“Treat everyone with politeness, even those who are rude to you – not because they are nice, but because you are.” (Author Unknown)
If someone would just be rude to me I could test out my kindness resolve. Everyone’s just been so damn nice. In the first two weeks of my “year of living kindly,” I have encountered nothing but courtesy, friendliness, and, yes, kindness—lots of it. I’m feeling like a researcher of a disease that has already been eradicated.
In her book, Grace (Eventually)—Thoughts on Faith, the devoutly irreverent and hilarious Anne Lamott describes having been swindled by a carpet salesman. After days of increasingly rancorous back-and-forth to recover her $50, Lamott decides to choose peace over victory. She returns his bad check with a note of apology and a bouquet of daisies. Even then, the “carpet guy” gets in one last jab and, rather than resume arguing with him, she lets go.
It’s a charming and provocative story—told as only Anne Lamott can tell a tale—and it caused me to wonder how I would behave in the same circumstances. Would I relinquish the notion that someone (me) has to be right and someone (the other guy) has to be wrong? Would I give up the satisfaction of having the last word? Would I surrender $50—or $5—that was rightfully mine to gain peace of mind and perspective? Would I trade righteousness for harmony?
I’ve been thinking a lot about how I am likely to respond when sharp words, criticism or belittling comments are directed at me—assuming someone in mellow Seattle gets cranky and takes it out on me. I know I have choices, but which I will choose remains to be seen:
- I can respond in kind (“tit for tat”); I can be equally sharp or critical: “That’s the stupidest thing I’ve ever heard.” There’s a good chance this would escalate the situation.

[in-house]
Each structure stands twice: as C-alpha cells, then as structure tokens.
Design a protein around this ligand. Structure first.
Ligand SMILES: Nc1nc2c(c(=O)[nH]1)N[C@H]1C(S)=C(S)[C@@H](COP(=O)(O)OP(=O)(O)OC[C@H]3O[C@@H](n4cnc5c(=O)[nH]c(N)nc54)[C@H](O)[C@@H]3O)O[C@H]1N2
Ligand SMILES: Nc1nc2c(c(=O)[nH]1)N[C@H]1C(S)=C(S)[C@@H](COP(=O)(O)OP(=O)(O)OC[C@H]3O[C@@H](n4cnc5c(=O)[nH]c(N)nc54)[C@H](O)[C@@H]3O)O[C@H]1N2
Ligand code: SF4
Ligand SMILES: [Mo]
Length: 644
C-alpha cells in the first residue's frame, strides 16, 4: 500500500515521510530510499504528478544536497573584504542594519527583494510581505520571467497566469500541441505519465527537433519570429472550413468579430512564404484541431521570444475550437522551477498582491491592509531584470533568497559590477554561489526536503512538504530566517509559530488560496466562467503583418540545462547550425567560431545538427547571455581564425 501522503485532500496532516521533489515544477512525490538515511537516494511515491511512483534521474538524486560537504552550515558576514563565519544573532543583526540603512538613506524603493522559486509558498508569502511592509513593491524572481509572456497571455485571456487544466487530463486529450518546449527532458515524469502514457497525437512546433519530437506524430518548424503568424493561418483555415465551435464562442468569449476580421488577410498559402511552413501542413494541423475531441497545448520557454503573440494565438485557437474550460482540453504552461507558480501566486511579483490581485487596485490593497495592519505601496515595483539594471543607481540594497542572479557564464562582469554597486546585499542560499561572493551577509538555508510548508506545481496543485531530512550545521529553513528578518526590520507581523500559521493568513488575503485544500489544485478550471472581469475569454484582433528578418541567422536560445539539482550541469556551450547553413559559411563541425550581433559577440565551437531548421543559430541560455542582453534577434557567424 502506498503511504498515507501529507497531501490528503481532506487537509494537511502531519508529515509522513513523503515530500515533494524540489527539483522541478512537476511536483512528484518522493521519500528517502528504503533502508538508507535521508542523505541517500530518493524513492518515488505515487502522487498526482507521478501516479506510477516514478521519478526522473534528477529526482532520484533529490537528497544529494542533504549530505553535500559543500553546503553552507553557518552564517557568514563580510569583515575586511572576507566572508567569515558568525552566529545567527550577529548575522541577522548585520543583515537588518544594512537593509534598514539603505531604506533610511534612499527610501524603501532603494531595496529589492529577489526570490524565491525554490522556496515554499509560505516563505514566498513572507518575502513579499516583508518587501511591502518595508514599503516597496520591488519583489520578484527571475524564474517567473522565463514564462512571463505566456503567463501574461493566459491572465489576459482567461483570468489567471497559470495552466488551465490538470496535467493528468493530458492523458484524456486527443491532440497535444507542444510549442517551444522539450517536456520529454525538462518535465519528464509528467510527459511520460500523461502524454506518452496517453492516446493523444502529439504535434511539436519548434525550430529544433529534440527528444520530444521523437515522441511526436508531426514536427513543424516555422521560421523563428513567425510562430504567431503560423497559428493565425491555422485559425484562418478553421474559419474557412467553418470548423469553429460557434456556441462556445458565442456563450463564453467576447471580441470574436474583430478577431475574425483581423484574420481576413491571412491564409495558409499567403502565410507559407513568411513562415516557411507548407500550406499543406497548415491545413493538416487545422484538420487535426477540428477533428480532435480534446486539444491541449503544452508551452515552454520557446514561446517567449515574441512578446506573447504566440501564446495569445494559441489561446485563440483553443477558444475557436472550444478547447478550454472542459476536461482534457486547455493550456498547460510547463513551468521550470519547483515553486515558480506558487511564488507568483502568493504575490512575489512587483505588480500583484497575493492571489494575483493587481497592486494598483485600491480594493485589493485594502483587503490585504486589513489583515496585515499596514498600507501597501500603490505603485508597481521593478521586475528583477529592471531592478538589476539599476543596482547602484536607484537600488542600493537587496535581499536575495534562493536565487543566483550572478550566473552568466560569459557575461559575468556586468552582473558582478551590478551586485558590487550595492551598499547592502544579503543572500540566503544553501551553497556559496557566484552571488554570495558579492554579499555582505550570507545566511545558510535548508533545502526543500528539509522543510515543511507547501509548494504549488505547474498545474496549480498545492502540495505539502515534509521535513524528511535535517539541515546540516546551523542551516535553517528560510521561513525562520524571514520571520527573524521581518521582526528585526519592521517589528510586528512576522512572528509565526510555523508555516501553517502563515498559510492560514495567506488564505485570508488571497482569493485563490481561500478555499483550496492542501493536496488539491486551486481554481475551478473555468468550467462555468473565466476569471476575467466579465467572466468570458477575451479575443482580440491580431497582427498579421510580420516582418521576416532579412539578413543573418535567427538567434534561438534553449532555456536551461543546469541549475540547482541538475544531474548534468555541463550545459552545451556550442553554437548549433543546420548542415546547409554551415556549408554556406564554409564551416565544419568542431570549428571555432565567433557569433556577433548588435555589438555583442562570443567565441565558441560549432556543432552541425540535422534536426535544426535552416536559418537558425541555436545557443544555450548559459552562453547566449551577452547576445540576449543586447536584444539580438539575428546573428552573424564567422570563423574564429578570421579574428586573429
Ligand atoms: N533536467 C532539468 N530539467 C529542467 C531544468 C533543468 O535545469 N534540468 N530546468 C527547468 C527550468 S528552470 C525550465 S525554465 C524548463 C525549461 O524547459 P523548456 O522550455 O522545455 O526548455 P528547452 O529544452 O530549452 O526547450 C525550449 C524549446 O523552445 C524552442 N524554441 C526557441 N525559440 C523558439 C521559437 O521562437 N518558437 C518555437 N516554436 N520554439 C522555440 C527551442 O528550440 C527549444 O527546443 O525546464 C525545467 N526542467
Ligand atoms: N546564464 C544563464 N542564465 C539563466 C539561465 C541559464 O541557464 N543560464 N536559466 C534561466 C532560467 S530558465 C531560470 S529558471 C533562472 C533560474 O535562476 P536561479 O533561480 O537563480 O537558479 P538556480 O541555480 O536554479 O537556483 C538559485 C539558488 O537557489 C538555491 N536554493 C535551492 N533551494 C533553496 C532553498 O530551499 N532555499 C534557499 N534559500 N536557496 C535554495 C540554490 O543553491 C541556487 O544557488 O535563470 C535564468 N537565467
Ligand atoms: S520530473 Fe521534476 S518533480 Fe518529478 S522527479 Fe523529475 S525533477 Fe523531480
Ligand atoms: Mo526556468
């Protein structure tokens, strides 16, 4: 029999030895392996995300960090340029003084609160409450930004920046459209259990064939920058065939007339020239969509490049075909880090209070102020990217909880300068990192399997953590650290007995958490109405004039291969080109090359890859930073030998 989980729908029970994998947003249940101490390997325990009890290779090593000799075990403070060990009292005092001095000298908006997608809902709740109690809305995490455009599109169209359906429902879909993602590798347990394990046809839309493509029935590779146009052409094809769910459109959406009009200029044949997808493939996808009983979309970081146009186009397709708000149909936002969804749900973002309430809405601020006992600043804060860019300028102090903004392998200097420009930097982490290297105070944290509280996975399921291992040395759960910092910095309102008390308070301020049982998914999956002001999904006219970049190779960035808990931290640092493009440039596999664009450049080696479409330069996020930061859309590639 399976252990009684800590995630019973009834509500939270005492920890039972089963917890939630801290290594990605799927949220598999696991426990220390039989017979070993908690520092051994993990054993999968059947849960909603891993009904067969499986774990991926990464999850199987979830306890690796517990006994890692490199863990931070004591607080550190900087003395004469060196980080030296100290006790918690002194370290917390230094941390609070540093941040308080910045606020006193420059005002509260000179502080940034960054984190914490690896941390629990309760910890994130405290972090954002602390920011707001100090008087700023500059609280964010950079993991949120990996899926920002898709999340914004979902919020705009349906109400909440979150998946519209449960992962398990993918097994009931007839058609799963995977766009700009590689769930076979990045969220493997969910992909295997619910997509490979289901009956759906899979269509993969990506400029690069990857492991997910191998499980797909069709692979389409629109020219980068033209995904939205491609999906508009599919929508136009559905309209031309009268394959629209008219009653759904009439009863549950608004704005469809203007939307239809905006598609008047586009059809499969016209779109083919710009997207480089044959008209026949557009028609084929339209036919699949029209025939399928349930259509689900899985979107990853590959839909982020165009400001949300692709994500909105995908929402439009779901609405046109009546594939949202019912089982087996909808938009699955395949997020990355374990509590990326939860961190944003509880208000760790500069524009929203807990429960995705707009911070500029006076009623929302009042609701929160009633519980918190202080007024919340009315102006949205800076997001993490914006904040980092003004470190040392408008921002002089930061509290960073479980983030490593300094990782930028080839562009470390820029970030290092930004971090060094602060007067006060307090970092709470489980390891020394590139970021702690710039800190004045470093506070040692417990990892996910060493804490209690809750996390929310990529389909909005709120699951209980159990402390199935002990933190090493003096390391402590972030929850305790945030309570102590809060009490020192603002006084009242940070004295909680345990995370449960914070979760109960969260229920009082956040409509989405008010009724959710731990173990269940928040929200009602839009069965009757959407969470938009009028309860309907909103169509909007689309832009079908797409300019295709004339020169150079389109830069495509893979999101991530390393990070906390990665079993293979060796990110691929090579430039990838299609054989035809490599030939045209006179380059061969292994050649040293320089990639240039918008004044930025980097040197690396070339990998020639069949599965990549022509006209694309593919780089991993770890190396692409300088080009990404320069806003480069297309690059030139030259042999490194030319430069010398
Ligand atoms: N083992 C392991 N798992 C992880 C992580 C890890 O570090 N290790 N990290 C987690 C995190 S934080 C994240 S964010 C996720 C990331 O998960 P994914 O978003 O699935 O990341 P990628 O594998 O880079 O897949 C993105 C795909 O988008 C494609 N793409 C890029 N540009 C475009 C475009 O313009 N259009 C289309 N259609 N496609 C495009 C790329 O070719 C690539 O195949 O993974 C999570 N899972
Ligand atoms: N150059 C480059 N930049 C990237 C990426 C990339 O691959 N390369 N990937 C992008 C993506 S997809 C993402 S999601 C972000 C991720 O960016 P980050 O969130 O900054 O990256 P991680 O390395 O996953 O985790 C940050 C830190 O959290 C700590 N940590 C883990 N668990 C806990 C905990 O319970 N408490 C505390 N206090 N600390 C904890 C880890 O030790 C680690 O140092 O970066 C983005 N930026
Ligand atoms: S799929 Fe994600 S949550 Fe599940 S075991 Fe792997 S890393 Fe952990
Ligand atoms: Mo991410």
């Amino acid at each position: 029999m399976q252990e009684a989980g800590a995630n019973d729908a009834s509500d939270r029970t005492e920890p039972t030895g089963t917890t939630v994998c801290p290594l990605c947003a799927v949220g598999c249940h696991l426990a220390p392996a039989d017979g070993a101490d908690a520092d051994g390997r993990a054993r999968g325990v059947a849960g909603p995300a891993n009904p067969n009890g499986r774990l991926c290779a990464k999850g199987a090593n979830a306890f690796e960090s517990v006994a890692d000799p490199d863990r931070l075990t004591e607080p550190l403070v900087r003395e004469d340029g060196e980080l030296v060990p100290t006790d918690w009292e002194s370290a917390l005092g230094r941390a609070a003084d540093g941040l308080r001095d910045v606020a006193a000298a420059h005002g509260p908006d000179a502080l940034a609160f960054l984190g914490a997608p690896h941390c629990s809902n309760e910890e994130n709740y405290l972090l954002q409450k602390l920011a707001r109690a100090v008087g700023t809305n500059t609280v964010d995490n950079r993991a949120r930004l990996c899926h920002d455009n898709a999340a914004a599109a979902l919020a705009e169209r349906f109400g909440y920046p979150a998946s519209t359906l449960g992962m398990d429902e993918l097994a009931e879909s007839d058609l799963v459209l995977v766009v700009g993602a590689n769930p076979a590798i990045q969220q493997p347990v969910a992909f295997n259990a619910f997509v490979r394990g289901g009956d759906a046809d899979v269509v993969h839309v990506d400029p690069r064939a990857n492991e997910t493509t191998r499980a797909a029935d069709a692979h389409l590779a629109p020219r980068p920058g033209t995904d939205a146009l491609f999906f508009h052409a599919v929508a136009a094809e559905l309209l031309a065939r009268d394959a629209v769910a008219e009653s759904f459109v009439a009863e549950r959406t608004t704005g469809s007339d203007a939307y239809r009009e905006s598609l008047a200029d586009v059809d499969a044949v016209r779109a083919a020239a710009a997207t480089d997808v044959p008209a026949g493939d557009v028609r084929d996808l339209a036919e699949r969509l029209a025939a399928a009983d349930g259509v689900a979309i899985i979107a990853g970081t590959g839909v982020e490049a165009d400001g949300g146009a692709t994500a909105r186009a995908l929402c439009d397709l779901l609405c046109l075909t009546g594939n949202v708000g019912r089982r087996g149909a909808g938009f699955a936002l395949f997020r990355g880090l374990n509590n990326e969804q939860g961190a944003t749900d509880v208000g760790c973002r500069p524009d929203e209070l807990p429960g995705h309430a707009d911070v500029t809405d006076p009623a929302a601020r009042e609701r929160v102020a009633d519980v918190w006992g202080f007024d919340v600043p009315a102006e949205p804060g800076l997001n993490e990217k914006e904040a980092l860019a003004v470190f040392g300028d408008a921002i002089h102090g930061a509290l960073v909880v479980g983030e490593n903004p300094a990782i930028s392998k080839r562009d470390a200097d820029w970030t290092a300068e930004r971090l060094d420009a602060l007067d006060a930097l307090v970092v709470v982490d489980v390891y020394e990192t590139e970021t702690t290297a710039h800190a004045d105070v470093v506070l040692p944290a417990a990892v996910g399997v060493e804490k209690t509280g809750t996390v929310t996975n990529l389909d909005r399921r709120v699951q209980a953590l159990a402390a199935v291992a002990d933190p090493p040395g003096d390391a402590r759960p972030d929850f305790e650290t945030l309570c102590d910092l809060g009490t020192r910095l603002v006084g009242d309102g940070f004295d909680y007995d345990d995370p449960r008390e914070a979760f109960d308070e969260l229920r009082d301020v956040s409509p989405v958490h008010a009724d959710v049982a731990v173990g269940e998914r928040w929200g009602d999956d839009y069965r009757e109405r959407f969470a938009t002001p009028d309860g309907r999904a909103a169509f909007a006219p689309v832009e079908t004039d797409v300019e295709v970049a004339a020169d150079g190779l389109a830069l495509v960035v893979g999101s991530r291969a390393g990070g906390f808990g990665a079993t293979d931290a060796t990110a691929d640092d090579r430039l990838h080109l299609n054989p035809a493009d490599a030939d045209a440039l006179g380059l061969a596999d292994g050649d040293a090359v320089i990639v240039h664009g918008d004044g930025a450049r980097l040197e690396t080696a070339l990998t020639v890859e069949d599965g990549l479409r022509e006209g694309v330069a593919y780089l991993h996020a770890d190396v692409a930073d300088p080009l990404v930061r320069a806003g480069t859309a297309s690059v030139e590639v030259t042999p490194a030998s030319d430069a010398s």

- Or I can respond in such a way that indicates my superiority (“I’m above your petty criticism”): “What a shame that you have to resort to name-calling.” Implied here is I feel sorry for you, you under-evolved oaf. That may not further escalate the situation, but the other person will still feel like I’ve dropped a warm turd in his hand.
- I can completely ignore the person and their words or actions. It may be a safe response—especially if the other person is psychotic or deranged—but it does little to improve things. The message I send is another of superiority: “I can’t be bothered acknowledging your existence.” Yeah, that’s going to improve things!
- I can also acknowledge my fear and my pride and think about how I might connect with the other person where their fear and pride reside. I can say, “I’m sorry you feel that way, and sorry if I did anything to annoy you. I’ll try to be more aware next time.” The thing is, I have to mean it. This can be where confrontation ends and reconciliation begins. However, if I say it with a tone that conveys sarcasm or superiority, or insincerity, we’re right back in turd territory.
This takes practice and can be clumsy and awkward at first, sometimes resulting in all the things we hope to avoid. But, just like playing the piano or hitting a golf ball, it takes some practice before we start seeing skill development. I comfort myself with the quote from Julia Cameron: “It’s impossible to get better and look good at the same time.”
I don’t recall instances in recent years when someone verbally “attacked” me and I attacked back. That’s just not my style. I’m too “nice” for that. But I confess that there have been times where I have acted with indifference, disdain, and even superiority. Generally, my response has been in answer to what I perceived from the other person—be they family, friend, colleague, service-worker, or complete stranger. Perceptions aren’t always accurate, and I have control over both my perceptions and my reactions. This is where kindness resides.
Surrender doesn’t necessarily mean giving up or letting go. I think it can mean opening up or letting something in. That’s what Anne Lamott did with her shady carpet guy. My time will come. I’ll let you know.
And if it doesn’t and no one is rude or unpleasant to me … I can always call Comcast.
“We have no reason to mistrust our world, for it is not against us. Has it terrors, they are our terrors; has it abysses, those abysses belong to us; are dangers at hand, we must try to love them…. Perhaps all the dragons of our lives are princesses who are only waiting to see us once beautiful and brave. Perhaps everything terrible is in its deepest being something helpless that wants help from us.” (Rainier Maria Rilke)